Channel 5 boss demands explicit sex on television

Senior television executive says UK lags behind Europe and predicts hardcore pornography will soon be seen on British screens

A senior executive at Channel 5 is calling for British television to be allowed to show hardcore pornography.

A senior executive at Channel 5 is calling for British television to be allowed to show hardcore pornography.

Adam Perry, the controller of special events at the channel, made his plea at the weekend and will screen explicit pornographic material at a special session of the Edinburgh television festival next weekend.

"My position is that we are now in an illogical and possibly indefensible [situation] in the UK, where we lag behind the rest of Europe in what we can see on subscription view," Mr Perry said.

Hardcore pornography would be available on British television by 2003, he claimed. "At the moment, the British Board of Film Classification [BBFC] guidelines on R18 videos allow scenes of penetration. Ultimately, in two to three years time, this will lead to hardcore pornography in specialist subscription services on British TV. It already happens in Europe: you subscribe to it and it is encrypted and it has pin protection so that kids can't see it."

Although Mr Perry said the views are his own and not those of the channel, such a claim is a little disingenuous as the Edinburgh television festival is chaired by Channel 5 director of programmes Dawn Airey. She will have been closely involved in drawing up the festival programme including the session on television and pornography.

Mr Perry's plea for hardcore pornography to be available on British television will be uncomfortable for David Elstein, his chief executive, who has bridled at the broadcaster being nicknamed "Channel Filth" in some quarters and has said that it does not show pornography. Channel 5 has already been criticised by the regulatory body, the Independent Television Commission (ITC), and by the Broadcasting Standards Council.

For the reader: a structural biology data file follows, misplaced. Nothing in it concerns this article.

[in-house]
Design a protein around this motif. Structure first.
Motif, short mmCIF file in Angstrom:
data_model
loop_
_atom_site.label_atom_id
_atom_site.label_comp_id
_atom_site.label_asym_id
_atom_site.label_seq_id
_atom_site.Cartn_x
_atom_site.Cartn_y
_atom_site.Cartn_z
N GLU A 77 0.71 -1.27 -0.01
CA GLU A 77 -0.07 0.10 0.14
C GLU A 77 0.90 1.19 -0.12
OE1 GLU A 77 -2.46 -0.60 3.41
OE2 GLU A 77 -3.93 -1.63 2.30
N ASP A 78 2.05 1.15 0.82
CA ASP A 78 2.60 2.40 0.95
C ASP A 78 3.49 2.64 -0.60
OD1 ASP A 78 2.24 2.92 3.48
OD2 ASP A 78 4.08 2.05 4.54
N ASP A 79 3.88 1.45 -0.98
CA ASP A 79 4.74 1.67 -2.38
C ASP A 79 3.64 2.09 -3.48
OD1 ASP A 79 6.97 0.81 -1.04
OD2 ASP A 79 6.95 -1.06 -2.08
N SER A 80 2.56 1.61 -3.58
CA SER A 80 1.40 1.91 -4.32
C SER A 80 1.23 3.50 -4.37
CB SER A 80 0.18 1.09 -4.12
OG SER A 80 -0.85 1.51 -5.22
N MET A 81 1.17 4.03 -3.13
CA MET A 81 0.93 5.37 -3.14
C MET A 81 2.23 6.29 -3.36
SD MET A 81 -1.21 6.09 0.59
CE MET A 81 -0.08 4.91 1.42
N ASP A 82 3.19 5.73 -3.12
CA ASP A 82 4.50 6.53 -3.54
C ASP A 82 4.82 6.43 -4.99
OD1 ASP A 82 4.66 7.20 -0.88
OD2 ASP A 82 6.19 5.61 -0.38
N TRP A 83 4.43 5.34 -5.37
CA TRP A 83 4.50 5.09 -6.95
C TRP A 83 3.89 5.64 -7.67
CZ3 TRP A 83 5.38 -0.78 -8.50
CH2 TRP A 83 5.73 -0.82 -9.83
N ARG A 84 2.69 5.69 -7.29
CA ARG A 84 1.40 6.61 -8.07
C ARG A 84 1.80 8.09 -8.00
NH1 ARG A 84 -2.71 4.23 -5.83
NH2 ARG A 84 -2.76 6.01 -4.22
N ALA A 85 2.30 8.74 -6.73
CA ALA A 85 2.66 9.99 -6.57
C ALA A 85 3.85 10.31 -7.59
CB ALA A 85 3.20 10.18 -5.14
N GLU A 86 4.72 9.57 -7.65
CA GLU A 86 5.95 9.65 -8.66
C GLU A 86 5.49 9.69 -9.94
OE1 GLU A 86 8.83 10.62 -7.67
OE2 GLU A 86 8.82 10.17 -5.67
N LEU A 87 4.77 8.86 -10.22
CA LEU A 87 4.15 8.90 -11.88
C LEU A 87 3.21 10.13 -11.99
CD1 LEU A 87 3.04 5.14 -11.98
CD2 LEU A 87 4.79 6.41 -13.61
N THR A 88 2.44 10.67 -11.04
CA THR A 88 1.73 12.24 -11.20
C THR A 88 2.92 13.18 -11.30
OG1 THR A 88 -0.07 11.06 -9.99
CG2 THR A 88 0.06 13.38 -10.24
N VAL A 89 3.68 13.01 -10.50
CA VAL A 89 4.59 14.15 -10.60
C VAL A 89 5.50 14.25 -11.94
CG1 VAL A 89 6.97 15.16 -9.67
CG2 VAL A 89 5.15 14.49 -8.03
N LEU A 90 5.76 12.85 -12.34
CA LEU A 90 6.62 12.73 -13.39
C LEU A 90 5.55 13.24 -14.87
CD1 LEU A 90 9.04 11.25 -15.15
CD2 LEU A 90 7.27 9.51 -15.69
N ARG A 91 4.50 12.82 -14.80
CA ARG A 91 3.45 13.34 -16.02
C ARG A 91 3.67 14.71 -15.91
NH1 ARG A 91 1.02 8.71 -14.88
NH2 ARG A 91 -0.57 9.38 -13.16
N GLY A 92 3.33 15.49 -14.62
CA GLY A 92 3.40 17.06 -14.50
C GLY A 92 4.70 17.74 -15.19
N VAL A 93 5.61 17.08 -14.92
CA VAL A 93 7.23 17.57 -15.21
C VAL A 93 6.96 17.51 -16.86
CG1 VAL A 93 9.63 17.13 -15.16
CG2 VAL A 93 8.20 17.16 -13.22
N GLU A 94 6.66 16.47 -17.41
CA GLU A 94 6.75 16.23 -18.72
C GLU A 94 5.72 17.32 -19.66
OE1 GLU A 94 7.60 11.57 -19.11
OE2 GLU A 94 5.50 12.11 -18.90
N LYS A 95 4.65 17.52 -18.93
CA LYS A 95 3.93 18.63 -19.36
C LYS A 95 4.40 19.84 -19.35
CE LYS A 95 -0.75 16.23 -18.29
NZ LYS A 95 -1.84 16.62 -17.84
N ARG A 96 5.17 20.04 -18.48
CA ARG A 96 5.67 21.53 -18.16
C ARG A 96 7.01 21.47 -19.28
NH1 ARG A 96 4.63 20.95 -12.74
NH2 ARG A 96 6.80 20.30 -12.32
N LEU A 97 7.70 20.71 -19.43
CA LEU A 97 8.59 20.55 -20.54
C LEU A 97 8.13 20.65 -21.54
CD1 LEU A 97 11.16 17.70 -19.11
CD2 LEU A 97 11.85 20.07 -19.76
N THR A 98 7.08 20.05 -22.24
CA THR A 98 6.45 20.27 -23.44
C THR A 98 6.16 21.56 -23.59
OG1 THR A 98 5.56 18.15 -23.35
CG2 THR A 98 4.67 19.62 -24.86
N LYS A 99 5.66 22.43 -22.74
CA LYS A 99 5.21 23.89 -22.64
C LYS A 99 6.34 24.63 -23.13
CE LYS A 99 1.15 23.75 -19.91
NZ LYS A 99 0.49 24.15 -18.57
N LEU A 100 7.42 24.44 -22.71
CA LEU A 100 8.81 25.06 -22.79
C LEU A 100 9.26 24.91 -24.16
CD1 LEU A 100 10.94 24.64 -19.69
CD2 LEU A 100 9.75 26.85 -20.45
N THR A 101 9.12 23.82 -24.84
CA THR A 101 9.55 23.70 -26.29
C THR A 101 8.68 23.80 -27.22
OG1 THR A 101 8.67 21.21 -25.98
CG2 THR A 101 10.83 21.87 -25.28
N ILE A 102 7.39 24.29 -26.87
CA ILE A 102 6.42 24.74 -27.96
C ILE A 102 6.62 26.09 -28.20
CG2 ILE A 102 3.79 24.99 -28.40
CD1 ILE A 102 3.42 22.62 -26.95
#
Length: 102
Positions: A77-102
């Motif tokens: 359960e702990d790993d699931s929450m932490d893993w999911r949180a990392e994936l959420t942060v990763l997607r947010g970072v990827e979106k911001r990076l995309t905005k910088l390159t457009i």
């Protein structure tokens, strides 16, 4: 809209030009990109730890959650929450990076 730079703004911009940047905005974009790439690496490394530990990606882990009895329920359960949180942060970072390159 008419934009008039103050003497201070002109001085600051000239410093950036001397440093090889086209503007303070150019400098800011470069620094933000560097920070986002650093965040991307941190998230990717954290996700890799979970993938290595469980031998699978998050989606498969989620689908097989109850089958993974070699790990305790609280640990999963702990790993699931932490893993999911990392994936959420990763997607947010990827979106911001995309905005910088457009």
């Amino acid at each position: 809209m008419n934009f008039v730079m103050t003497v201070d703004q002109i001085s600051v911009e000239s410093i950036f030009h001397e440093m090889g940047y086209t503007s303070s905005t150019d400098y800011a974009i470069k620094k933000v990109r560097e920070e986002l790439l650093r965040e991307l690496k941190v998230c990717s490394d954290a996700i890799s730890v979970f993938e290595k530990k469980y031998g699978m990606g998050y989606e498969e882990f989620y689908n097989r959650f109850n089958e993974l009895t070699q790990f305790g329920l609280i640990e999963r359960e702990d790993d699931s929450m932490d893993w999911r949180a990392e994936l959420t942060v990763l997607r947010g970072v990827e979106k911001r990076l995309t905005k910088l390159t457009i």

Though it has straddled the borderline of taste, the channel has so far stopped short of showing hardcore pornography, which would immediately fall foul of British law.

At the festival, Mr Perry will unveil a Channel 5 poll on sexual attitudes which found that 59 per cent of people think that the laws on sexually explicit material should be the same throughout the EU. It also shows that just over half of those questioned believe that broadcasters should be allowed to show more explicit material after the watershed.

"I think this survey proves that people are much more relaxed about it," Mr Perry said. "In the right conditions they are prepared to accept scenes of explicit consensual sex."

Mr Perry's views were condemned by Patrick Reilly, the chairman of the Catholic Communications Commission, who will take part in the festival debate. "You could argue that this is about freedom," he said. "But there are certain kinds of freedoms we should not exercise. You could argue that you should have the freedom to drive your car and drink, but we have laws against it to protect people."

An anomaly in current legislation was illustrated at the weekend when Channel 4's broadcasting of Lars Von Trier's film The Idiots cut out a scene of penetrative sex to comply with ITC rules, even though the film has been shown uncut on Channel 4's website and has been cleared by the BBFC for watching both at the cinema and on video.